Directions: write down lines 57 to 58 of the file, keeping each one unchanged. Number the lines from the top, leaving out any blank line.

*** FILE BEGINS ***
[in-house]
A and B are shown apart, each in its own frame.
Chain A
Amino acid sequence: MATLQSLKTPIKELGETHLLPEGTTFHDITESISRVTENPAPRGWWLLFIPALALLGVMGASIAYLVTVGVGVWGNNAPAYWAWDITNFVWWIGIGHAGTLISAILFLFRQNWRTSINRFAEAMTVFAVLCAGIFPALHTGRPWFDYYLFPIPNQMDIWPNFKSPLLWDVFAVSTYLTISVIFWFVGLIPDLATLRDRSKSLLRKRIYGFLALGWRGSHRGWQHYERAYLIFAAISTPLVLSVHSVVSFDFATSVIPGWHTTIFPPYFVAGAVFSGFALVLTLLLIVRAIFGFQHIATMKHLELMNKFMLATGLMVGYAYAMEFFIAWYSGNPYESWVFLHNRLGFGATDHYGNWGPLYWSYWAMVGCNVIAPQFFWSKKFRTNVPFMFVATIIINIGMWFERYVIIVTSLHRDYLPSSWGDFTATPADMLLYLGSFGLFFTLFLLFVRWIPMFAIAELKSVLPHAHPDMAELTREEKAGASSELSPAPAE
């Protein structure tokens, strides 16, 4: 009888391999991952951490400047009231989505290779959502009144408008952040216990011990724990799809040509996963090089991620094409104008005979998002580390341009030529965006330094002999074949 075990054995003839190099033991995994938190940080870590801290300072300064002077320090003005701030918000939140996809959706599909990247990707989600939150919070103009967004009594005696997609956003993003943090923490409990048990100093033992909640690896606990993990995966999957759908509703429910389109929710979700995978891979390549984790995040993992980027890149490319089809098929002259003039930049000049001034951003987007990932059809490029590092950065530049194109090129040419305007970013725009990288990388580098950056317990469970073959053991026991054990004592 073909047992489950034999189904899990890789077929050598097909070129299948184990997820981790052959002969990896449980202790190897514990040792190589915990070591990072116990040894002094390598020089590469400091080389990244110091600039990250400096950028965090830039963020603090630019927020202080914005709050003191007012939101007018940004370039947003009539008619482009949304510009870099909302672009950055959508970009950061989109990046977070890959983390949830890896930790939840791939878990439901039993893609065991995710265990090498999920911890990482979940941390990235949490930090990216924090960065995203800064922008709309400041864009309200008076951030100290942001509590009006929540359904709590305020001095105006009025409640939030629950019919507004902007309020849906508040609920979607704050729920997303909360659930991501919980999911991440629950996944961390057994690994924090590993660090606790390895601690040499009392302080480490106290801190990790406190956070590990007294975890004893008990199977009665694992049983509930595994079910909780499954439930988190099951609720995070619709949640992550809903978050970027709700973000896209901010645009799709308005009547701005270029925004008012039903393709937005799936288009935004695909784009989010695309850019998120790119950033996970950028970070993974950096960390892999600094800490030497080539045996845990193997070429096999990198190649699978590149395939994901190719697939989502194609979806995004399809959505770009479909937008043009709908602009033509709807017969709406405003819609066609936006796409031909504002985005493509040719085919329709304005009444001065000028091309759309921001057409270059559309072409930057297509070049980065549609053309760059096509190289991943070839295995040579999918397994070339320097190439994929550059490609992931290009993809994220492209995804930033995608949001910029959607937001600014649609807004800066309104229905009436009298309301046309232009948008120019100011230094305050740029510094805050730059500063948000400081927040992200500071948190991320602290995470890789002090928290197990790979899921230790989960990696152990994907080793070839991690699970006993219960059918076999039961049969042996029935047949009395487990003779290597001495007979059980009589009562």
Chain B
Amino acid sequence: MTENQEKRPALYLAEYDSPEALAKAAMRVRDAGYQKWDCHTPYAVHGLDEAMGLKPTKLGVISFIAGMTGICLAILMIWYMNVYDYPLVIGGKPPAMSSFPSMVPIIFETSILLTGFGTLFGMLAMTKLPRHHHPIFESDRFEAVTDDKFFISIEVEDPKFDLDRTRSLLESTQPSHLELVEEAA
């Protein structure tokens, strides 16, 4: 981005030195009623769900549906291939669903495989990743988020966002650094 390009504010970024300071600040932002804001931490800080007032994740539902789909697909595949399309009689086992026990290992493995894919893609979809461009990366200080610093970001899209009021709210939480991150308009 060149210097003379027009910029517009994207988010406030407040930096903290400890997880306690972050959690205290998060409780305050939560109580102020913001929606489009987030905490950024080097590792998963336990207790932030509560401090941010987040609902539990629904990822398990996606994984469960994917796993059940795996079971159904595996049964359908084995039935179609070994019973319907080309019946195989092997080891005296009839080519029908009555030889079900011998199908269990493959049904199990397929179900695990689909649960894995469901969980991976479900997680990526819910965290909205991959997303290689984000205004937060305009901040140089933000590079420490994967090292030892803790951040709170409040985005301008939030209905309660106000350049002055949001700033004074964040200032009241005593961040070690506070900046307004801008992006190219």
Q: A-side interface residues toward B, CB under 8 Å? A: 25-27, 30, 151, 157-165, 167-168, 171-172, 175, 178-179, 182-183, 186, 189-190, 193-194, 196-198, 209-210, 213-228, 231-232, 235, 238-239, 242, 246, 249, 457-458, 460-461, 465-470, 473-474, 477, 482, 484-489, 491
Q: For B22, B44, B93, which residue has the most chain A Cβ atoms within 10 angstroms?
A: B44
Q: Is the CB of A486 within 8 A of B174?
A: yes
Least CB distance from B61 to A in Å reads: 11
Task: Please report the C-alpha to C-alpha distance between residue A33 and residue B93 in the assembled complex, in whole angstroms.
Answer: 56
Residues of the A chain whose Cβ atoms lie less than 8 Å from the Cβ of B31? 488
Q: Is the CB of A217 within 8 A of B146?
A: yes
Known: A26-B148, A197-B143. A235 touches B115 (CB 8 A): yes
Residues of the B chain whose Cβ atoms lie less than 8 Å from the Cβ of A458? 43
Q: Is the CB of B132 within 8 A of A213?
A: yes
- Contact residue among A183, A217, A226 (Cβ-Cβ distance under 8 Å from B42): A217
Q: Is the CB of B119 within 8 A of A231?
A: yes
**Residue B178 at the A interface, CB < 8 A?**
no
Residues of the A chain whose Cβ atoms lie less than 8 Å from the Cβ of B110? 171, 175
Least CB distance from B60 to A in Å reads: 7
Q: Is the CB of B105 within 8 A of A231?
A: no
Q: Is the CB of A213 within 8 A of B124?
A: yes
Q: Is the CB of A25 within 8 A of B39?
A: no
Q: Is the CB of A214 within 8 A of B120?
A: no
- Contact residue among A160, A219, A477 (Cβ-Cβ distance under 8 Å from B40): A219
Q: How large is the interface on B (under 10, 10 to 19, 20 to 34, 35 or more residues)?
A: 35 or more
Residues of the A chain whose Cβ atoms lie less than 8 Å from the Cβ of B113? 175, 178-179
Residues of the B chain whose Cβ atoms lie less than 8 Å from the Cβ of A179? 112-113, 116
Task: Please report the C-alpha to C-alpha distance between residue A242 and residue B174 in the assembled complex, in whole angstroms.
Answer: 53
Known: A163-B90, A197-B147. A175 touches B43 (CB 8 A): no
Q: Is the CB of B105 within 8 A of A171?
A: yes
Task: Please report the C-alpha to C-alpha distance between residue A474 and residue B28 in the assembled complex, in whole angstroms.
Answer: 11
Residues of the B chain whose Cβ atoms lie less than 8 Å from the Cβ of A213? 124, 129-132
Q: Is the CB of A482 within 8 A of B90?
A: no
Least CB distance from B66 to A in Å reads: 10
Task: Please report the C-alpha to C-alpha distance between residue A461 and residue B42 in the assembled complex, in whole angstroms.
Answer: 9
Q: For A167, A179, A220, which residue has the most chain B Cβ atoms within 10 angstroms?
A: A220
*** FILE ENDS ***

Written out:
Q: For A167, A179, A220, which residue has the most chain B Cβ atoms within 10 angstroms?
A: A220